Research published today in Nature describes upheaval among fish and invertebrate communities after a marine heatwave hit Australia’s Great Barrier Reef and Coral Sea in early 2016.
The IMAS-led study analysed data collected across these areas by the Reef Life Survey (RLS) citizen science program.
It identified important changes in reef-animal communities that may affect the resilience of coral reefs, potentially reducing the capacity of corals to rebuild after mass bleaching.
Coral reefs are among the most valuable ecosystems on Earth, providing irreplaceable benefits to biodiversity and people. The World Heritage listed Great Barrier Reef is the largest coral reef system and a place of outstanding universal value.
“We know that coral reef ecosystems are changing dramatically in response to global warming, but the focus has usually been on the fate of corals, with clear impacts of mass bleaching observable from aerial images,” study leader Rick Stuart-Smith said.
“We were interested in how the loss of coral compared with other changes across the full region.
“After reviewing surveys of corals, seaweed, fishes and mobile invertebrates such as sea urchins at 186 sites across the Great Barrier Reef and western Coral Sea — before and after the 2106 heatwave — we realised that coral bleaching was only part of the story.
“Changes were also happening around the bleached corals, to the fishes and other animals that the reefs support, and which in turn assist coral recovery.”
The study’s most important finding was the detection of broad regional ecosystem change that was distinct from the degree of coral loss at each site.
An overarching change was consistent across all the surveyed reefs, even those not affected by coral loss due to bleaching.
“While severe declines in live coral cover occurred on northern Great Barrier Reef reefs, losses in the northern Coral Sea were even greater,” co-author and RLS survey leader, Professor Graham Edgar said.
“However even in the worst hit areas, coral losses varied greatly from reef to reef, with a few sites showing small coral gains.
“The only change in fish or invertebrates that clearly matched this patchy change in coral cover was a decline in coral-feeding fishes such as butterflyfishes.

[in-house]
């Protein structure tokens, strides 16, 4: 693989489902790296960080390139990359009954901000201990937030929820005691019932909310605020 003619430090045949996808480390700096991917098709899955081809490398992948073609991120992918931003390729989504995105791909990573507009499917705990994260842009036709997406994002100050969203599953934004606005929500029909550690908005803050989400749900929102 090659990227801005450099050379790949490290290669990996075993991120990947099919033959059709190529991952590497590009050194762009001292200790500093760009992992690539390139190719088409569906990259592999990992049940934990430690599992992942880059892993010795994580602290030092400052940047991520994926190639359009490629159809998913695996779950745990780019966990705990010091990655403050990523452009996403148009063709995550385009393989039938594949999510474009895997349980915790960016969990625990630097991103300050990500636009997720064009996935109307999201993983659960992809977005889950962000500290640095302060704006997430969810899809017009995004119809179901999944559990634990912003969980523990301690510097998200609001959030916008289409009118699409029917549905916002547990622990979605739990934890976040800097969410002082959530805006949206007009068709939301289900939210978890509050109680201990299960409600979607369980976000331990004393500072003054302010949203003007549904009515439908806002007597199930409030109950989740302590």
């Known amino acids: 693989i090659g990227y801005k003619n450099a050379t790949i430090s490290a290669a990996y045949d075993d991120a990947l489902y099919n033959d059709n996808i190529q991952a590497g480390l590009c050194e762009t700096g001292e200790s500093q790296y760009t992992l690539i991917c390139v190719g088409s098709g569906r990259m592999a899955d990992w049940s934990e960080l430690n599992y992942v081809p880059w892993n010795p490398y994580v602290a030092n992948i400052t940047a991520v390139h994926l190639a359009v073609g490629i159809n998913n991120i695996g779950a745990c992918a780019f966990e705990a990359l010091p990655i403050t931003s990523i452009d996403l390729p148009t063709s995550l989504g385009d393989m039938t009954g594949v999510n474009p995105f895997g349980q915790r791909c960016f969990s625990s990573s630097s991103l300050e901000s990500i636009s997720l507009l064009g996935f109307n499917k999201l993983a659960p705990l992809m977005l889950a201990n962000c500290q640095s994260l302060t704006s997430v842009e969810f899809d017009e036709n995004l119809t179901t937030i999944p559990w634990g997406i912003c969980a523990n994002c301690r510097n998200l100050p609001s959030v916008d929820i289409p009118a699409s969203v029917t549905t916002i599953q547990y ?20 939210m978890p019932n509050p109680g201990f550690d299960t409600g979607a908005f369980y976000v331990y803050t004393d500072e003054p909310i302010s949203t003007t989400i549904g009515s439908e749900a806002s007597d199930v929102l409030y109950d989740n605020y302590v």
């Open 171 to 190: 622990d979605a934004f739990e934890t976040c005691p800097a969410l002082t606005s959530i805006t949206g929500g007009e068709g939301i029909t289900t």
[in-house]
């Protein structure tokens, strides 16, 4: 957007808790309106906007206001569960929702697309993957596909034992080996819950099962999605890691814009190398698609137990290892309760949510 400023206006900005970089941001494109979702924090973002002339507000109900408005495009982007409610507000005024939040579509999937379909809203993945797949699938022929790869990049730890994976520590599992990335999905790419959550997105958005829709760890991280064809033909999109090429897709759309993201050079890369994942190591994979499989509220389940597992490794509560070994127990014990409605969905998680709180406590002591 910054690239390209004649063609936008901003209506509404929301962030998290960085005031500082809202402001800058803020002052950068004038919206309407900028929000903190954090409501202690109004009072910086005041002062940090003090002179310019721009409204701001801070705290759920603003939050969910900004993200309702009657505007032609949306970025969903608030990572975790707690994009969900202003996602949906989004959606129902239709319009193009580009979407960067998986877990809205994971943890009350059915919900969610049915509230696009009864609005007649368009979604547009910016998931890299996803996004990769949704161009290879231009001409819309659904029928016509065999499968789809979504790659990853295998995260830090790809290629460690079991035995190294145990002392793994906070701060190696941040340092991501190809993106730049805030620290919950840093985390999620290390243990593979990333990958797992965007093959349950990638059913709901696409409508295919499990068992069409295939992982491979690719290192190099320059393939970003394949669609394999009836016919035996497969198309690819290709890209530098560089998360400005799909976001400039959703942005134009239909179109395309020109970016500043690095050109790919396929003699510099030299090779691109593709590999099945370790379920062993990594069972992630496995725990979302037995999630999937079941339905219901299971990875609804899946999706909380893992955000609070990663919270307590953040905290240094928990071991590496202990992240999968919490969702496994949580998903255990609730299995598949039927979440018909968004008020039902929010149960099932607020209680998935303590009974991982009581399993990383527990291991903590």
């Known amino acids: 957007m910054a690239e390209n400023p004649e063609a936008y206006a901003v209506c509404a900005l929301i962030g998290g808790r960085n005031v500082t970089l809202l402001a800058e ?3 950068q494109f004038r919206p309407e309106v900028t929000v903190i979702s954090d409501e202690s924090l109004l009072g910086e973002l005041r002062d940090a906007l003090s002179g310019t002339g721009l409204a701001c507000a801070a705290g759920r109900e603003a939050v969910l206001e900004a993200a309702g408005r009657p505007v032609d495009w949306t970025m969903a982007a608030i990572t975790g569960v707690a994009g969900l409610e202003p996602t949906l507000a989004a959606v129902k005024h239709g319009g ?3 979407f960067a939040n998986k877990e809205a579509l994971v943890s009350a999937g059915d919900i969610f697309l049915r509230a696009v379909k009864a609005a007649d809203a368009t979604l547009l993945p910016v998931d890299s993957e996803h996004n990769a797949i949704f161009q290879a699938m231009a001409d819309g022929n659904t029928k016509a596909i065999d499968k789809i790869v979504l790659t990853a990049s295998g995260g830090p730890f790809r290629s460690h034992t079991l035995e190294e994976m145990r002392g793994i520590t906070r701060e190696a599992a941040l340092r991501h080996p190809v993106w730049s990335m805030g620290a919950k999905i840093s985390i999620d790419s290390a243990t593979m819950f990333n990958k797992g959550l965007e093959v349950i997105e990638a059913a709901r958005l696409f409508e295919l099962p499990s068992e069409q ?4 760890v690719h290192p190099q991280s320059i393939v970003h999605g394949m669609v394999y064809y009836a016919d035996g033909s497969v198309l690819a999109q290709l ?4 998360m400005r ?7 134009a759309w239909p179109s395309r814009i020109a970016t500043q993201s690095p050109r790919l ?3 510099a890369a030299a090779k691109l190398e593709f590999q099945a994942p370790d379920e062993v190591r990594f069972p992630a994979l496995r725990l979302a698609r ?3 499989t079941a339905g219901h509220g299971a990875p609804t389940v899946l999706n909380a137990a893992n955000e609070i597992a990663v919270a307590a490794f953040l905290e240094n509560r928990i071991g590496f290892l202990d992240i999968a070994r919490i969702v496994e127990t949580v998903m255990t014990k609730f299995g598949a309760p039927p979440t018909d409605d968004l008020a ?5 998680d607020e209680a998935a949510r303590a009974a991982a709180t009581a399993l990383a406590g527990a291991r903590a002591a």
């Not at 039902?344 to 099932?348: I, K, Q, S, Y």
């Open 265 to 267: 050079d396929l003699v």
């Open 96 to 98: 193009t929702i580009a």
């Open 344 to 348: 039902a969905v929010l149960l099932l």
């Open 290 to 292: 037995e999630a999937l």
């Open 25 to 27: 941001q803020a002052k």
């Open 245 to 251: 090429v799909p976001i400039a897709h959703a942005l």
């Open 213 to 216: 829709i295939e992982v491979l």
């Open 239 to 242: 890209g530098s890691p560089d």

“Other big changes related more directly to the effect of warmer temperatures on the fishes and invertebrates.”
An example of this change in animal populations was seen in parrotfishes, which occurred in fewer surveys across the northern reefs after the bleaching event, but this response was not directly associated with sites of coral cover loss.
These herbivorous fishes play an important ‘functional’ role in preventing algae from taking over and displacing corals on disturbed reefs. They appeared particularly sensitive to the warmer conditions, and their loss may affect the capacity of corals to rebuild.
“Our observations suggest that recovery processes will depend on such functional changes in reef communities, which in turn depend on how temperatures change the makeup of fish and invertebrates that live on the reefs,” Dr Stuart-Smith said.
“Although we are lucky that herbivorous fishes are not heavily targeted by fishing in Australia, our results highlight the potential for some ecologically important groups of reef animals to be disproportionately affected by warmer temperatures, particularly near the warm edge of their distributions.
“So as well as considering how to conserve and restore corals in areas affected by bleaching, we also need to consider how to maintain or build the broader fish communities that provide reef resilience.
“This may mean considering where particular species in these important groups are subject to overlapping pressures such as fishing, warming and habitat loss, to better plan protected areas or manage human pressures like fishing for a warmer future.”